Chris Duncan is an Oakland-based artist who employs repetition and accumulation as a basis for experiments in visual and sound based media. Often in flux between maximal and minimal, Duncan's work is a constant balancing act of positive and negative, loud and quite, solitary and participatory and tends to lead towards questions regarding perception, experience and transcendence. Time's physical and psychological effect have become paramount in these experimental endeavors.
Duncan’s most recent body of work is reliant on the passing of time and long term effects of sun exposure to fabric. Works are created in the artists' bedroom windows, warehouse skylights, constructed forms, symbolic objects and architectural elements on rooftops in Oakland, California, as well as other locations. Manufactured colored fabric is placed in these locales and without the use of dye, emulsion or any purposefully manipulated chemical process, imagery emerges through time (generally 6 months) and ultraviolet exposure. At once an homage to the power of the sun, the works also provide a haunting intimacy and an effect that blurs the conversations of painting and photography. With society being neck deep in the information age and reliant (if not addicted) to the immediacy of social media, the concept of time takes precedence. The works become mile markers and are made by honoring the passing of time, not the acceleration of it.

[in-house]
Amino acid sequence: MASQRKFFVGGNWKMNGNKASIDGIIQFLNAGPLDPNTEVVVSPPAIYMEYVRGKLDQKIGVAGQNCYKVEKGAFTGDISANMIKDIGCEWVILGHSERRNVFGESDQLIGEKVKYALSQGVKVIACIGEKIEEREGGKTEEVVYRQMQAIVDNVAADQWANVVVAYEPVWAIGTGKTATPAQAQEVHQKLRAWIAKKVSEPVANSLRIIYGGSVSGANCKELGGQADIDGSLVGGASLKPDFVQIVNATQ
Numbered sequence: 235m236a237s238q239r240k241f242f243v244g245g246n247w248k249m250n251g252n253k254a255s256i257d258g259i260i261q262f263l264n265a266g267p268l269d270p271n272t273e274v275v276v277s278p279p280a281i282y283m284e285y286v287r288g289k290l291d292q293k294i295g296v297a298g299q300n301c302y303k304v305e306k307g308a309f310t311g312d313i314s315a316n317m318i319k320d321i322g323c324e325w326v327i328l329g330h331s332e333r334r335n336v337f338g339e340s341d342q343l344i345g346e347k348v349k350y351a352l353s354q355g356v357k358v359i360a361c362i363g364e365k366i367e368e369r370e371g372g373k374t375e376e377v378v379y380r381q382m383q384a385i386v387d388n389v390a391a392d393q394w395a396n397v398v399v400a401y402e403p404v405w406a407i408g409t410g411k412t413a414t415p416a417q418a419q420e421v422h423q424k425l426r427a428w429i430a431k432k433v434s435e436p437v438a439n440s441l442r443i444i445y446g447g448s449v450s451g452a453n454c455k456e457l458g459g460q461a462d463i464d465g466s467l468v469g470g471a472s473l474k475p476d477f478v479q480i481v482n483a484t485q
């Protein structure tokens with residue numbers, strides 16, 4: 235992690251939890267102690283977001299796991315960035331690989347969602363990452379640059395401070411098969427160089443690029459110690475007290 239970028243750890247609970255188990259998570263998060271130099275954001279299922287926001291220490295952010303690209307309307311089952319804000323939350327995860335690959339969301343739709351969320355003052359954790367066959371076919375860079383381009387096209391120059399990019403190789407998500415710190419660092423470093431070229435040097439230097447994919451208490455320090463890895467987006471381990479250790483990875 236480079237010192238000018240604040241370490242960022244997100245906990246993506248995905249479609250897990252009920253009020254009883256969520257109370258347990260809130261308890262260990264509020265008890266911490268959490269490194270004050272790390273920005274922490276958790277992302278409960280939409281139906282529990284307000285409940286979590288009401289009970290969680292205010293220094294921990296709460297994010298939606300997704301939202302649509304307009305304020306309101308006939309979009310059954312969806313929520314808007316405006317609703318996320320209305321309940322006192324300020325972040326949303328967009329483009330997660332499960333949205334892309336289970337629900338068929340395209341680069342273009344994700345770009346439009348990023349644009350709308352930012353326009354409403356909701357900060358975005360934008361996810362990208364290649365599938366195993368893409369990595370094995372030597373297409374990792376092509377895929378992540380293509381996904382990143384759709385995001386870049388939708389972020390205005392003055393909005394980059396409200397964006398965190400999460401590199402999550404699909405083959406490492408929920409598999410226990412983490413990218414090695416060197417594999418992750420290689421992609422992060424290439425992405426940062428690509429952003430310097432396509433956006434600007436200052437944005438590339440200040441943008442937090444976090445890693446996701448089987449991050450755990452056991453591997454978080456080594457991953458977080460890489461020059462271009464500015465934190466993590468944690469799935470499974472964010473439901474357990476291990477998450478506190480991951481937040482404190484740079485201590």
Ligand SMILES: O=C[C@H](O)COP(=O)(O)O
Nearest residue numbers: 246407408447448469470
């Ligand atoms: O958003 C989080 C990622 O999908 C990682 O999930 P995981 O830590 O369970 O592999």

Duncan has performed, exhibited, or is the collection of institutions such as Museum of Modern Art, Berkeley Art Museum in California, San Francisco Museum of Modern Art, San Francisco Arts Commission, Yerba Buena Center for the Arts in San Francisco, and the Kemper Art Museum in St. Louis.